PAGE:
The little green man could be out of a job under plans to make pedestrian* crossings more female friendly.
But not everyone likes the idea.
Brimbank Council in Victoria wants female “walk” and “don’t walk” figures in traffic lights to “improve gender equity*”.
Mayor Margaret Giudice said the change would “show women and girls that they are important and valued in our community”.
“We know that improving gender equity leads to very positive outcomes … research shows societies with greater gender equity have lower rates of violence towards women and children,” she said.
“This council is committed to a community where men and women, and boys and girls, are treated equally.”
But Evan Mulholland, from the ideas organisation the Institute of Public Affairs, is against the change.
“This is yet another example of political correctness* gone mad from local councils that should be focused on collecting rubbish and fixing local roads,” he said.
The council will write to government road management organisation VicRoads to request the change this week.
Brimbank’s plan follows the installation of 10 female pedestrian lights last year in Melbourne, which cost $8400.
But 93 per cent of people voted against the change last year in a survey of 16,000 people.
Ratepayers Victoria vice president Frank Sullivan said Brimbank’s plan was “beyond belief” and that the council was “out of touch”.
Mr Sullivan said Brimbank, which has the second highest unemployment rate in the state, should stick to basics.
“Ratepayers elect them to do their jobs, not make irresponsible* decisions like this,” he said.
University of Melbourne architecture researcher Simona Castricum criticised the idea as “tokenistic”, which means just a little effort for show.
“The purpose of traffic signals is to let people cross the road safely, I don’t know if we need our gender to come into that,” she said.
“And the idea that a woman wears a dress (is a) really outdated* idea of what represents* gender.”
Australia’s first female crossing light was used in the Melbourne suburb of Richmond for a year from May 2016, representing Mary Rogers, Victoria’s first female councillor.
And though it’s a fairly new idea for Australia, it’s not new around the world.
In Valencia, Spain, a female sign replaces a male sign every time one breaks. Female signs have been used elsewhere in Spain for more than 10 years. Germany and the Netherlands also use female crossing lights, with one crossing in the Netherlands featuring the female rabbit cartoon character Miffy as a tribute* to local creator, Dick Bruna.
In time for Valentine’s Day on February 14, Taiwan’s little green man got a girlfriend and the couple hold hands to cross the road.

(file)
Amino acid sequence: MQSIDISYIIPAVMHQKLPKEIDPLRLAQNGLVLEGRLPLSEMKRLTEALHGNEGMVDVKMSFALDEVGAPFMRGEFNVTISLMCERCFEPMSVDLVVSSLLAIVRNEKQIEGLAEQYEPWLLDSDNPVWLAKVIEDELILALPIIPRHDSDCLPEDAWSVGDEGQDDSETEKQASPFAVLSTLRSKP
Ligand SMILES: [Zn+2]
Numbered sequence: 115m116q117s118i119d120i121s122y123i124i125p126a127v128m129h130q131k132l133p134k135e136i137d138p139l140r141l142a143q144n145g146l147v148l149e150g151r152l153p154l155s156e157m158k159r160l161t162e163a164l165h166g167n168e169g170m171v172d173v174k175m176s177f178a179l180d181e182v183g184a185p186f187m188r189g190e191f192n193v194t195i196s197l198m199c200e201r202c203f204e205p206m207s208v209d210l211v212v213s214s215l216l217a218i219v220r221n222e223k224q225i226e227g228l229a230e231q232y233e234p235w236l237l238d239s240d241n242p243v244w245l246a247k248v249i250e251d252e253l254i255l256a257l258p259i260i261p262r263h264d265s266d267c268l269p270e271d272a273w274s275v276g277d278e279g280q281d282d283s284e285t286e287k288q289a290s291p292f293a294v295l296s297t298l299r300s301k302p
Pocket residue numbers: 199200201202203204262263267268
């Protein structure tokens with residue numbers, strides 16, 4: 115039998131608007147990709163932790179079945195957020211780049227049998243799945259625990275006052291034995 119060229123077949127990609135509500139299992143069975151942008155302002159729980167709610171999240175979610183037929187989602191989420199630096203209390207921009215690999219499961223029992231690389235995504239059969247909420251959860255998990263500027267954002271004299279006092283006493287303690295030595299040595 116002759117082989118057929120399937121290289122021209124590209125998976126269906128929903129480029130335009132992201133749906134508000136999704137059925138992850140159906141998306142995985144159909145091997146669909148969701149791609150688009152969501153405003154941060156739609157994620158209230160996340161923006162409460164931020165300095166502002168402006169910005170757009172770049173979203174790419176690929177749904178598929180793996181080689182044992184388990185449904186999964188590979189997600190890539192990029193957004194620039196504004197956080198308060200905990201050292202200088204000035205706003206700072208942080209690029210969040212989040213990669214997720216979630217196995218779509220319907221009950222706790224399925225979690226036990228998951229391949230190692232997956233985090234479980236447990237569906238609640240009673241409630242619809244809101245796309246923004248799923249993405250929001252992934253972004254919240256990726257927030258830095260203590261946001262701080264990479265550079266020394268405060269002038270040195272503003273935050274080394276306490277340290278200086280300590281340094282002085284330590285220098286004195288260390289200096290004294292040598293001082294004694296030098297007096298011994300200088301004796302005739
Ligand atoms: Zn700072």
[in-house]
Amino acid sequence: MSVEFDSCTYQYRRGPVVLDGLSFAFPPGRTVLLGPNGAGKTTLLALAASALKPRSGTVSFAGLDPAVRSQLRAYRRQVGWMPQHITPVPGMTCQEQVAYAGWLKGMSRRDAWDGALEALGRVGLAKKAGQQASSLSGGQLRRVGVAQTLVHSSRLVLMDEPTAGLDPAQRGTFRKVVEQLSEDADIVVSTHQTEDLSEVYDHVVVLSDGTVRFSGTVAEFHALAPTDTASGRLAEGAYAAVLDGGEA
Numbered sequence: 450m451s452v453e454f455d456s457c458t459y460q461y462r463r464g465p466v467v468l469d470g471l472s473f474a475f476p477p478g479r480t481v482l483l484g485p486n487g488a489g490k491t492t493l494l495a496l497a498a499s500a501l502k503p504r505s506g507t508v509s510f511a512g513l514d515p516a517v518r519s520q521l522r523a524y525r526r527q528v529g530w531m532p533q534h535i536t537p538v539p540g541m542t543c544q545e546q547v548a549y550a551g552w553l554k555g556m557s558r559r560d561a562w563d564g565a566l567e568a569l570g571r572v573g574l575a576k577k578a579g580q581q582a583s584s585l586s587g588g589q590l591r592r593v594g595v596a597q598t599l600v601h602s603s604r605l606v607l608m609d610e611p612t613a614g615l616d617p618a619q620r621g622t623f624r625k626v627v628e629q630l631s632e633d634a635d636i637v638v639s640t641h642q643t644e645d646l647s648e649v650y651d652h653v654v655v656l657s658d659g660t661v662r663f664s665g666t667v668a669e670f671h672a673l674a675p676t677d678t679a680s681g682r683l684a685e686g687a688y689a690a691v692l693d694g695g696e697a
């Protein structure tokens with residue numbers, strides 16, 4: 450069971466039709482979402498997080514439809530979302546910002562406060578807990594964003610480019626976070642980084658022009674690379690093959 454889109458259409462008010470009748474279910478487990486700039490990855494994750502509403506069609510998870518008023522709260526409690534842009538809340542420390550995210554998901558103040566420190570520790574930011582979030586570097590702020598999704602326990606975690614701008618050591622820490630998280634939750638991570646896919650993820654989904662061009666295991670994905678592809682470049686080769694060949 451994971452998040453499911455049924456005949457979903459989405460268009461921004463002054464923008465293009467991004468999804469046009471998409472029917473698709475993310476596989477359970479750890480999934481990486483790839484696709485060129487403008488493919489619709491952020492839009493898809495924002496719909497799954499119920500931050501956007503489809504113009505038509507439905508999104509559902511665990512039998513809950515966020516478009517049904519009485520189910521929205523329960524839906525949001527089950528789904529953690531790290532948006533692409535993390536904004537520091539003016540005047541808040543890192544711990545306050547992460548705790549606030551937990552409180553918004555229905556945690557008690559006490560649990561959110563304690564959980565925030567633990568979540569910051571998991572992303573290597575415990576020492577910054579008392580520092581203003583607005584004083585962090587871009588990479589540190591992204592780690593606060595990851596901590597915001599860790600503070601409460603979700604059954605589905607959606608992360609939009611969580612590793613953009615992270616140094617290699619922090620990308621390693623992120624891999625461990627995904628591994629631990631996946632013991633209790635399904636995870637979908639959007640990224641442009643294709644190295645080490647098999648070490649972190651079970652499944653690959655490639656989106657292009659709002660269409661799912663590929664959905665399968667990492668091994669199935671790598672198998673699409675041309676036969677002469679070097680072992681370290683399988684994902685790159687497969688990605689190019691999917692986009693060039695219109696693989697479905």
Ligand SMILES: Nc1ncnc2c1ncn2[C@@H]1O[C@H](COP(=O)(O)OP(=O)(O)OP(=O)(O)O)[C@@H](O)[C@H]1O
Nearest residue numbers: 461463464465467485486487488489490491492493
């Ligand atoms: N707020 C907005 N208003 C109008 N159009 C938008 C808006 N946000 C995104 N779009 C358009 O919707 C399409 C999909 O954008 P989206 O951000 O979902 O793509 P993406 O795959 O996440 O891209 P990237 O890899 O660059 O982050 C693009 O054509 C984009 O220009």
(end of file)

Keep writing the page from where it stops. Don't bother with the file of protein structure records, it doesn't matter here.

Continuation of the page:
In London’s Trafalgar Square in 2016, green-man signs were replaced with symbols celebrating same-sex relationships. And to show the Austrian city’s acceptance of diversity*, Viennese traffic lights were replaced before the city hosted the 2015 Eurovision Song Contest with three symbols of couples: a man and woman, two men and two women.
- pedestrian: a person walking
- gender equity: equal treatment for males and females
- political correctness: avoiding saying things that will insult and leave out some people
- irresponsible: careless
- outdated: old-fashioned, in a negative way
- tribute: an act or gift to show respect
- represents: stands for
- diversity: variety, difference
LISTEN TO TODAY’S STORY
Bindi’s International Women’s Day honour
- Who is Margaret Giudice?
- What does Evan Mulholland say councils should focus on?
- What does tokenistic mean?
- Name three other countries with female crossing signs.
- What were the three new traffic-light symbols used in Vienna before Eurovision?
1. For and against
List the arguments for and against using a female symbol on traffic light crossings.
2. Extension: In the article, it suggests that even changing the symbol to a person in a dress doesn’t mean that it is a good representation of a female. Design your own symbol to be used as the safe crossing person at traffic lights. Write a sentence to explain your symbol and why you chose it.
Time: Allow 20 minutes
Curriculum links: English
With a partner see if you can you identify all the doing words/verbs in this text? Highlight them in yellow and then make a list of them all down your page. Now see if you and your partner can come up with a synonym for the chosen verb. Make sure it still makes sense in the context it was taken from.
Try replacing some of the original verbs with your synonyms and discuss if any are better and why.
HAVE YOUR SAY: IN ONE SENTENCE, TELL US WHAT YOU THINK ABOUT THIS STORY
Please do not use one-word answers. Explain what you enjoyed or found interesting about the article. Use lots of adjectives.